The Mountain Times

°F Wed, April 16, 2014

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Projects that grow

"Home improvement" turned to gut-and-rebuild

It was about this time last year that Jason and I decided we were going to buy land in Killington - after searching for houses in our price range we decided that land and location was more important than having a dwelling. I can't remember the exact reasoning behind that decision, but I think we figured we had all summer to build one and that seemed ample time to me. In retrospect, according to some, it would have been shorter and cheaper, had we gone that route and built a home from scratch.

Instead, the land we found had an existing house on it, which we immediately dubbed "Little Tiny" - a name that has stuck- because it was all of 700 sq. feet. I ignored the house and, instead, fell in love with the five acres of beautiful maple trees, tucked up on a hill above the Birch Ridge Inn off Killington Road. We calculated that it was less than two miles to the chairlift and four miles to work, an ideal location. And our Bernese Mountain Dog puppy could run free. (Yes, I did take that into consideration during our house-hunt.)

After negotiations with the owners (a nice family from the New York metro area) and a new septic system, we were ready to begin the work. I think it was August, by then - a much later start than we anticipated, but we had an existing house to live in, or so I thought.

As it turned out, Jason's ideas of "livable dwelling" were a bit different than mine, and some things just had to be renovated before we moved in. So we made a list: We would focus on the bedroom and building a closet (which required an extension off the back,) in addition to replacing the windows, walls and floors throughout the house and installing a washer/dryer. The living room, kitchen and bathroom would "wait until 'phase two.'"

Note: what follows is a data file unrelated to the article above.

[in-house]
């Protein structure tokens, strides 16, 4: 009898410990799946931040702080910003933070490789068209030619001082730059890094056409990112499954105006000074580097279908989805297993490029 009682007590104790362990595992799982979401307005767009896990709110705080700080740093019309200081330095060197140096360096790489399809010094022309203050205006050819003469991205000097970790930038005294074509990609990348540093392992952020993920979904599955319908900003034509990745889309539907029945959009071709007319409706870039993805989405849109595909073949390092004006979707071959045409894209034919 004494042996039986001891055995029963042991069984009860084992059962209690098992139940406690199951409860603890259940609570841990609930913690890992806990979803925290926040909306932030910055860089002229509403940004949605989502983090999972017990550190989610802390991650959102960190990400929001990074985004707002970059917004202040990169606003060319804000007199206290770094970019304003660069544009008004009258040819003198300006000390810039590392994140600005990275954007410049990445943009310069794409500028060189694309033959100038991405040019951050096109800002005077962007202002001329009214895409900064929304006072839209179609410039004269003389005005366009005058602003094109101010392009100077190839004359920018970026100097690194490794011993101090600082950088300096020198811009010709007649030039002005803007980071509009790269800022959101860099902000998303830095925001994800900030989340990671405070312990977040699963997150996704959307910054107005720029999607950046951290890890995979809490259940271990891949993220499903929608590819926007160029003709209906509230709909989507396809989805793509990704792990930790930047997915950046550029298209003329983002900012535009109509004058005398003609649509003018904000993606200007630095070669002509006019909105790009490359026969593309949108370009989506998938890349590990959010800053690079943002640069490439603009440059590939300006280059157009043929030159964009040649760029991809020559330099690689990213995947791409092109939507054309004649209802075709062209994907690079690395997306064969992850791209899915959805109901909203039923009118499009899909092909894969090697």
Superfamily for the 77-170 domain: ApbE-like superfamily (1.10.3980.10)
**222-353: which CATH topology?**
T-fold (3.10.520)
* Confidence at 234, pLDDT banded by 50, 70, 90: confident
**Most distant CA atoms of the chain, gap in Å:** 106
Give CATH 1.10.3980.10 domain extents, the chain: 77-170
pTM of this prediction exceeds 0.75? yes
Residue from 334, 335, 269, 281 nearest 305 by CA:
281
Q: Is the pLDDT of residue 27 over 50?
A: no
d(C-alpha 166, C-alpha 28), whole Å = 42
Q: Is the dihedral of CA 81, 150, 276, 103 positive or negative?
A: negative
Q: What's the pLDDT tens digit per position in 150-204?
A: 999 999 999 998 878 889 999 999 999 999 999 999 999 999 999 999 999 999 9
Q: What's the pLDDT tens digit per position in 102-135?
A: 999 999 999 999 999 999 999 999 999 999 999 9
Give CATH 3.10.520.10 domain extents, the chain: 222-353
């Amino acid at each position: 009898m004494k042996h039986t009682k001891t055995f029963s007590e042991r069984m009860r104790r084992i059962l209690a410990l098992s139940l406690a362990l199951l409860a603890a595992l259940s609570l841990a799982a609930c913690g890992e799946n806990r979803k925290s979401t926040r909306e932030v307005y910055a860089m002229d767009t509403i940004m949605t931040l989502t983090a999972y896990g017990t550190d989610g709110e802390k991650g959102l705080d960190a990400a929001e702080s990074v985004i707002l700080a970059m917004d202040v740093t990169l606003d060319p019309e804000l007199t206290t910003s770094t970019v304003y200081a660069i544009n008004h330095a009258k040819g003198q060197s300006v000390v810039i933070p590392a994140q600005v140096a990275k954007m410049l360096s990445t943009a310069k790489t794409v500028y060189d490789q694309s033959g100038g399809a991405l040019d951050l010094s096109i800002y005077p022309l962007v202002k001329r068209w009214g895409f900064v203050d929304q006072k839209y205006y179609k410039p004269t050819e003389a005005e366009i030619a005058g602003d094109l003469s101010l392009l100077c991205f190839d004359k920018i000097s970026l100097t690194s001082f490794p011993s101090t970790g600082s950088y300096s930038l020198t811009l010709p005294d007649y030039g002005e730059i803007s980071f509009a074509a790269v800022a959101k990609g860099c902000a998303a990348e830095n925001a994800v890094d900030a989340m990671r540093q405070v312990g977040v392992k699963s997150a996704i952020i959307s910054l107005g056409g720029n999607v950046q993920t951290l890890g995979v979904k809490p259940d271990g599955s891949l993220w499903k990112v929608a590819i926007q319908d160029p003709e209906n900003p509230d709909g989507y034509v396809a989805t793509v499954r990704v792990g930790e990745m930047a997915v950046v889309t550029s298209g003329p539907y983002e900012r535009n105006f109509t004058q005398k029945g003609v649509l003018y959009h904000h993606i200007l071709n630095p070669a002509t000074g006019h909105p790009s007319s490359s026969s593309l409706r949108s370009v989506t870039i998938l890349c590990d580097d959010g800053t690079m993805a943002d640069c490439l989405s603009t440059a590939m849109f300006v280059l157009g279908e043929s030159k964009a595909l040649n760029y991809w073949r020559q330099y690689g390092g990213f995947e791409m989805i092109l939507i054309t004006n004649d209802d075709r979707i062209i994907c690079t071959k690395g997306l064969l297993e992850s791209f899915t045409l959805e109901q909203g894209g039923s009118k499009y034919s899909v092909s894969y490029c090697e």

In our idealistic minds, we had planned to do all this work as a DIY (do it yourself) project, while working full-time. Since shop class in junior high, I have not held a power tool, nor built anything useful. Jason had a lot of tools, but I wasn't convinced he had any more skills using them than me. This should have been a bigger 'red flag' than it seemed to us at the time. Reality was masked by my eagerness to learn. After all, this was Little Tiny, it had been a rental house for decades and it would be again someday, (once we save up to build our "real house" up on the ledge with a better view.) That is to say, I felt this was a good opportunity to "practice" my new construction skills.

Our saving graces were Jason's mom and dad, Richard and Louise, and my Uncle Mike, who moved to Killington for weeks at a time to help. Richard was well versed in construction technique and had build a beautiful house for himself in Montreal; Louise was also knowledgeable and great with details, and Uncle Mike was strong, worked long hours and had a pickup truck. Jason and I helped as much as we could on weekends and after work, but wouldn't have gotten far without them.

The first step was renting a dumpster. We filled it in a couple days, and also made multiple trips to the Rutland Women's Shelter where we donated all the old furniture and fixtures.

As we pulled up the rugs and peeled the paneling off the walls we found problems.

There were carpenter ants in the insulation, no flooring under the tub (it was sitting directly on a main floor joist, which it had rotted,) the windows were not framed and the electrical system wasn't grounded… off came all the walls, the insulation, the wires, the windows and the rotten flooring and joist. Soon our house looked liked a shell, only the 2x4s and plywood remained. We had to jack up the house to fix the joist.

Then began the process of putting it all backed together.